First Aid for Your Dog

On Site Cat Neutering

Cat First Aid

Pet Connection Adoption Day

2015 Rabies Clinic

Cremation Services

Click here for our community spay/neuter program info

New Rates as of 5/28/15

 

Help us by raise funds joining iGive. com

 
 
Adoption Application

Click here to download an Adoption Application (pdf)

 

Click here to download an Adoption Application (Word Doc) 

 

 

 Do you have

 

 to

RECYCLE?

Bring them up to us. The money from those bottles and cans will help feed and maintain our dogs and cats.

 
 REMEMBER!

If you take your dog for a walk, remember to pick up after them after they do their business.

 

 

 

 

   
7/16/15

Click here to see our Pets of the Week! 

Lost and Found 

 

Important Info

Stray dogs need to be held for 6 days to allow time for their owners to claim them. If its owner does not claim a dog they will be available for adoption. We are looking for lifelong responsible homes for these wonderful pets.

Dog Adoption Fees

$175.OO

Puppies 6 mos. or less, $35 s/n hold

Fee includes Spay/Neuter, Rabies, Distemper,

Bordatella and Heartworm Test

Ages of dogs are estimates unless previous owners inform us as to correct age.

2015 Rabies Clinics

 

ADOPTION FEES FOR ALL DOGS IS $175.00

 

If you have other pets in your household, bring them along to meet their new companion before adoption.

 Our dogs and cats want to meet you!!!!

Hope

This is Hope. She is a 1 yr. old Female Pit mix who is very shy and scared at the moment because of her new surroundings. She knows how to sit on command.

Maggie

Sweet Maggie has not had an easy life so far. Her entire 6-7 years has consisted of being bounced from one irresponsible home to another. The last loser that owned her dumped her on a deserted road. Now poor Maggie finds herself wondering what she did wrong this time. Maggie loves people, especially children. She has lived with other dogs but is very choosy. Please come meet this sweet girl.

Gideon

He is a Male Pit mix. He is 1 yr old with lots of energy. He is good with other animals and people.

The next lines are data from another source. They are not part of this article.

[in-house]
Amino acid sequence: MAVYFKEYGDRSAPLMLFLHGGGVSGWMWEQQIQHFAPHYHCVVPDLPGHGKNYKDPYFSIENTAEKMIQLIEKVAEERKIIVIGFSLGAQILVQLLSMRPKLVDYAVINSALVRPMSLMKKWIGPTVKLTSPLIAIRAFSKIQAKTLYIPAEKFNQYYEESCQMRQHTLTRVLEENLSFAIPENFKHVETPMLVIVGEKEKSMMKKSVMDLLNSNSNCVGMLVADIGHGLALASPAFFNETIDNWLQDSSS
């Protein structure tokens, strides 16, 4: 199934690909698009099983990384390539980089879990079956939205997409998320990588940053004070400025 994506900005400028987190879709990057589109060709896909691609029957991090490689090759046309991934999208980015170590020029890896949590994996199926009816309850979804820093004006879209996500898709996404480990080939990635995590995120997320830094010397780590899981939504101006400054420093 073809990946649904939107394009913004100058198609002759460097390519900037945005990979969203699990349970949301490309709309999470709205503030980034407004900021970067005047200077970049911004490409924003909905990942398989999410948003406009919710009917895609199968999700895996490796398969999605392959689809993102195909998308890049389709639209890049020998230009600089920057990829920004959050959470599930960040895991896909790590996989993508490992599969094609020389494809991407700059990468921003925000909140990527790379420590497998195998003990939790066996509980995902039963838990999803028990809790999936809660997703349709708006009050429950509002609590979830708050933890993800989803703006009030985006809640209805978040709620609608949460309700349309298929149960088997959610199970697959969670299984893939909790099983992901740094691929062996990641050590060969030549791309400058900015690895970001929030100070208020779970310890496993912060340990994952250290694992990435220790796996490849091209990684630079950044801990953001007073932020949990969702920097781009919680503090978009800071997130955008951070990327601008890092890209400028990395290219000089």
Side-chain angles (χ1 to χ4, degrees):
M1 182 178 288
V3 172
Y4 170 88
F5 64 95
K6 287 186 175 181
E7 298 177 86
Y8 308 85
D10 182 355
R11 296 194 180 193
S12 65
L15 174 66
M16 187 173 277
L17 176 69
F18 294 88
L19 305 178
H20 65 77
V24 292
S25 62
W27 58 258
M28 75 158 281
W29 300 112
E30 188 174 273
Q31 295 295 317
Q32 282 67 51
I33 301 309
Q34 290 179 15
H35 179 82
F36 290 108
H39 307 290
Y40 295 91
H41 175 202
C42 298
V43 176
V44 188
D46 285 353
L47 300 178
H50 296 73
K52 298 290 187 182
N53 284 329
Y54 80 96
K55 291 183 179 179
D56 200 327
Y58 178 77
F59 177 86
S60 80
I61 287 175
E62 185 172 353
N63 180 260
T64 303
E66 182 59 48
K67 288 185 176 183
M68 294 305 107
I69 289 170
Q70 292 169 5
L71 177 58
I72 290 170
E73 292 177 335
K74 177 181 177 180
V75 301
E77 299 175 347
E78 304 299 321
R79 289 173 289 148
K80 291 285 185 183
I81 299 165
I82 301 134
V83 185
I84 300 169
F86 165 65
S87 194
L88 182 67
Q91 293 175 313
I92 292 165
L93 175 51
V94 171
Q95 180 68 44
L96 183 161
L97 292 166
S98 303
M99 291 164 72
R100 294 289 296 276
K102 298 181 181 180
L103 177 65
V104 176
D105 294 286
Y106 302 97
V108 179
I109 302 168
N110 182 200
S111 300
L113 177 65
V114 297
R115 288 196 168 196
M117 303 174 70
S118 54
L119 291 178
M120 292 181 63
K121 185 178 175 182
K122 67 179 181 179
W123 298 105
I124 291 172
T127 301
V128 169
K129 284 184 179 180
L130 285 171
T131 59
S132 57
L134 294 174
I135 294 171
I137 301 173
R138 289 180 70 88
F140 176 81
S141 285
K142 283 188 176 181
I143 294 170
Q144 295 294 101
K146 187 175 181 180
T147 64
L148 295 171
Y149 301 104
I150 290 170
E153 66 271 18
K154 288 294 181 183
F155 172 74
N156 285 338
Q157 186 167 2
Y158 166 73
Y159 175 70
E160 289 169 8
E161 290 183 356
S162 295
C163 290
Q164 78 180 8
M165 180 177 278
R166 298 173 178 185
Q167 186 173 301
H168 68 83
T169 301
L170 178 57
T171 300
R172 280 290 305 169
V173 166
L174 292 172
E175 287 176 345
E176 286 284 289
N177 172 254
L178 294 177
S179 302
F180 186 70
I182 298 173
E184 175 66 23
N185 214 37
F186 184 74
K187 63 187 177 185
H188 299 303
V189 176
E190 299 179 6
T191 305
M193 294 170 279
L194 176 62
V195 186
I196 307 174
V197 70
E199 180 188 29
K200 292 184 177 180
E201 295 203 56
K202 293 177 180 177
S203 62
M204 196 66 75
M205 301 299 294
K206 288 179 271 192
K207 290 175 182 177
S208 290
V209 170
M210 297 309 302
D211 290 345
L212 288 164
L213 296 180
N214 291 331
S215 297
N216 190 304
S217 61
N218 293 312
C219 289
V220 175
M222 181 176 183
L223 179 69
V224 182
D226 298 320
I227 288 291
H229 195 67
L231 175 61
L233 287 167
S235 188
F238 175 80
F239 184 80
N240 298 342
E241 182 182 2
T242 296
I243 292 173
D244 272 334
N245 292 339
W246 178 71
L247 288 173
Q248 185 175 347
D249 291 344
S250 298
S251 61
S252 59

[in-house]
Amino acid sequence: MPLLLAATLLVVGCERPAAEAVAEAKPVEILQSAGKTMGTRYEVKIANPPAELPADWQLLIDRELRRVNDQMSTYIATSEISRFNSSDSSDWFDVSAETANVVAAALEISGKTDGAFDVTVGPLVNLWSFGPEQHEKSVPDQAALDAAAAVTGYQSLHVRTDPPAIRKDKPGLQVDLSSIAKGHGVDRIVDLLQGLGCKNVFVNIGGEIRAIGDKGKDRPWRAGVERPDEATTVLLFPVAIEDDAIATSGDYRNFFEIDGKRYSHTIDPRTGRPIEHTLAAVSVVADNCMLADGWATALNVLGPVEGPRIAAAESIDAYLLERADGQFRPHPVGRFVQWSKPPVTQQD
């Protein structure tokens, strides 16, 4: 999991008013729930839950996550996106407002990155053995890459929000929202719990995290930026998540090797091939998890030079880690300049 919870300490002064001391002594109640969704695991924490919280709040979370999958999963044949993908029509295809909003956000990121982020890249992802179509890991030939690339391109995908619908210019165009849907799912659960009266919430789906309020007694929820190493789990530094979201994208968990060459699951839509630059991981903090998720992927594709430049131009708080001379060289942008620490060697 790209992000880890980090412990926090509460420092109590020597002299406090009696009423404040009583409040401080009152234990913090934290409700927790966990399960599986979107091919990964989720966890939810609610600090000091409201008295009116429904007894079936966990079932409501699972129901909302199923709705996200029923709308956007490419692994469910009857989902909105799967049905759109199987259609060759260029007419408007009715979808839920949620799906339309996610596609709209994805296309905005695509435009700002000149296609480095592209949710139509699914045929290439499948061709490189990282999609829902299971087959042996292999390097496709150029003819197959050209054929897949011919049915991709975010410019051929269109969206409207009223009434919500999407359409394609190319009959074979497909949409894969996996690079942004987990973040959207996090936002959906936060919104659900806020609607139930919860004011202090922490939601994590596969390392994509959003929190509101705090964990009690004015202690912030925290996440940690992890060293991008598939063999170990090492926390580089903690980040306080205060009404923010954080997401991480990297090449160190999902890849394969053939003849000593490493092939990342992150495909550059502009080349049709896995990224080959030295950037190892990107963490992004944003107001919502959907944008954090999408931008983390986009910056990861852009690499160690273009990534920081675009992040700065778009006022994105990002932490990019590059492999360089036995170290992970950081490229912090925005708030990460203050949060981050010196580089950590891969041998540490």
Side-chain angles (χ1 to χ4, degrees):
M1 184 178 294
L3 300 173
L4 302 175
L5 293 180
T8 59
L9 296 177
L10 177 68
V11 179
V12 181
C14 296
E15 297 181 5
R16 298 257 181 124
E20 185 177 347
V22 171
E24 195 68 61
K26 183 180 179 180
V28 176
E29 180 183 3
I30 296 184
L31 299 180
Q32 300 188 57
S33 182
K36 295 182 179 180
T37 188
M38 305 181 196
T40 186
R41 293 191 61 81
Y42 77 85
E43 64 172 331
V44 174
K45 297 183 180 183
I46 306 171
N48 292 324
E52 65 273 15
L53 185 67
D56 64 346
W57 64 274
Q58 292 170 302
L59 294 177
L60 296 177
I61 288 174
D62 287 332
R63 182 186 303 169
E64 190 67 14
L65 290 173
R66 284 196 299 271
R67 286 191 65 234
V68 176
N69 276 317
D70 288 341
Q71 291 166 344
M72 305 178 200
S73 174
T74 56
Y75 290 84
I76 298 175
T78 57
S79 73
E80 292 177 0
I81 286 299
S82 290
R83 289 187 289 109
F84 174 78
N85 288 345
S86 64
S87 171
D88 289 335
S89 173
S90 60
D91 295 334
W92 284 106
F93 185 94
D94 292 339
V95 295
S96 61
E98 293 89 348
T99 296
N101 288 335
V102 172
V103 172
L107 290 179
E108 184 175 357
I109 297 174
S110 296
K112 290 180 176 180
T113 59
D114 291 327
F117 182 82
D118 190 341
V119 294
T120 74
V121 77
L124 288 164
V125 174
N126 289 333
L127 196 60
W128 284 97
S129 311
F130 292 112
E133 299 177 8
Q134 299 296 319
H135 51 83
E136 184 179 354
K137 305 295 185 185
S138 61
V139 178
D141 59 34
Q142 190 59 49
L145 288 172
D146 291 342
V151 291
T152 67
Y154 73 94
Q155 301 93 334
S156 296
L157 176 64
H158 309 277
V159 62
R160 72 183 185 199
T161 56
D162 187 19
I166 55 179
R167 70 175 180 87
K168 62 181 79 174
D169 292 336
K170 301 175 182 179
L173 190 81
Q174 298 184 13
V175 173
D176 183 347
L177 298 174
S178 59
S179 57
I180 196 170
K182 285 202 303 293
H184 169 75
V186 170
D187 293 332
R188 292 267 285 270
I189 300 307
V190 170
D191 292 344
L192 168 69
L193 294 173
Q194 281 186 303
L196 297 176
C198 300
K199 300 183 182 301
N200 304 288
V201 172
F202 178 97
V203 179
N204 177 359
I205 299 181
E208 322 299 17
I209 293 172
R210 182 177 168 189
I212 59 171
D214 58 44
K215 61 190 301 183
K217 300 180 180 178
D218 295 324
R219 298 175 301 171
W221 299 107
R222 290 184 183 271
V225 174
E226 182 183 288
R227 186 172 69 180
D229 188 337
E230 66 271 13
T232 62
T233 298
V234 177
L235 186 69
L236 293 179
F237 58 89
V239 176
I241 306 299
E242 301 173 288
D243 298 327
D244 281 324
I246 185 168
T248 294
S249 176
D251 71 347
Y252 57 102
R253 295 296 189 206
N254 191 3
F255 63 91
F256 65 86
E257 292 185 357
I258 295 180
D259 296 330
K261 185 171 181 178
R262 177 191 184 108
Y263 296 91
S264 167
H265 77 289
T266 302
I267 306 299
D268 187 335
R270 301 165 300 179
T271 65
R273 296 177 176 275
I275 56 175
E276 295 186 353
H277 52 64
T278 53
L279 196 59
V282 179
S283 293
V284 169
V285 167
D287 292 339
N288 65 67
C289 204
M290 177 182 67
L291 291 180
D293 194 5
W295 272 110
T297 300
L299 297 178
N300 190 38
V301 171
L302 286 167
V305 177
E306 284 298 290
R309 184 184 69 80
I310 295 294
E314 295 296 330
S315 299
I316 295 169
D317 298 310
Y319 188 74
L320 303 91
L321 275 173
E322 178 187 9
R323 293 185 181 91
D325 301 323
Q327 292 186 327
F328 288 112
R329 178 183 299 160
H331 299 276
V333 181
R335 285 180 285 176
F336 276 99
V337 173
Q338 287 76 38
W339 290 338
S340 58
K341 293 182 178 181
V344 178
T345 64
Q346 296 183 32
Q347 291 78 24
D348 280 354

Irving

This is Irving. He is senior dog who has medical issues and is being evaluated. He is a very sweet guy and get s along good with all animals and people. He may have been an outside dog because he is not house broken.

Sally

This is Sally. She is a Female Mix who is very extremely friendly and super sweet. She is good with other animals. Come up and see her!

My adoption fee is fully sponsored.

 

 

First-Aid Kit Essentials

   

Emergencies seldom give warning, but we can be ready for them. Most people have first aid kits on hand for themselves and family members. But what about your animals? Pet care experts recommend having a pet first aid kit that's right where you need it if an animal emergency occurs.

You can buy kits that are pre-assembled or assemble your own. Keep them in different locations so that you are prepared at all times, in all places. It's wise to keep one kit at home, one in the car, and wherever else your pet spends time -- the office, a relative's or friend's home, a vacation retreat, etc. If customizing your own, use a container that is sturdy, waterproof and easy to spot when you need to locate it in a hurry.

Here is what every basic first aid kit should contain:

  • Phone numbers and addresses: Veterinarian, Emergency Vet, Poison Control
  • Basic pet first-aid book
  • Photocopies of your pet's paperwork: important medical records, vaccinations, etc.
  • Medical gloves: to protect hands and prevent contamination
  • Scissors: to cut gauze or the animal's hair 
  • Bottled water
  • A mild antibacterial soap: to clean skin and wounds
  • Paper towels
  • Gauze pads: for wounds
  • Gauze rolls: for wounds and can also be used as a temporary muzzle
  • Alcohol prep pads: to sterilize equipment - NOT for use on wounds
  • Self-adhesive bandages: flexible bandage used to wrap and stabilize injuries (do not wrap too tightly)
  • A large cloth towel: to wrap animal
  • Hydrogen peroxide: to clean minor wounds
  • Eyewash: such as contact lens solution or water in a squeeze bottle to gently but thoroughly flush out wounds and eyes
  • Antibiotic ointment: for cuts and abrasions (never for eyes)
  • Cotton applicator swabs
  • Tweezers: for the removal of foreign objects from skin and paws; and for the proper removal of ticks
One important rule to observe: make sure to always read directions and warnings before applying any medications, either prescribed or over the counter, to your pet. If you have an emergency, you should always contact your veterinarian for further instruction. Please make sure to always read directions and warnings before applying any medications to your pet. 

Home | About Us | Adoptable Dogs | Adoptable Cats | Paws For Success | Latest Scoop | Donate | Animal Cruelty | Forever Loved |

Community Support | Helpful Links

D. Dougherty, webmaster
ddougher@nycap.rr.com or jabmhs@yahoo.com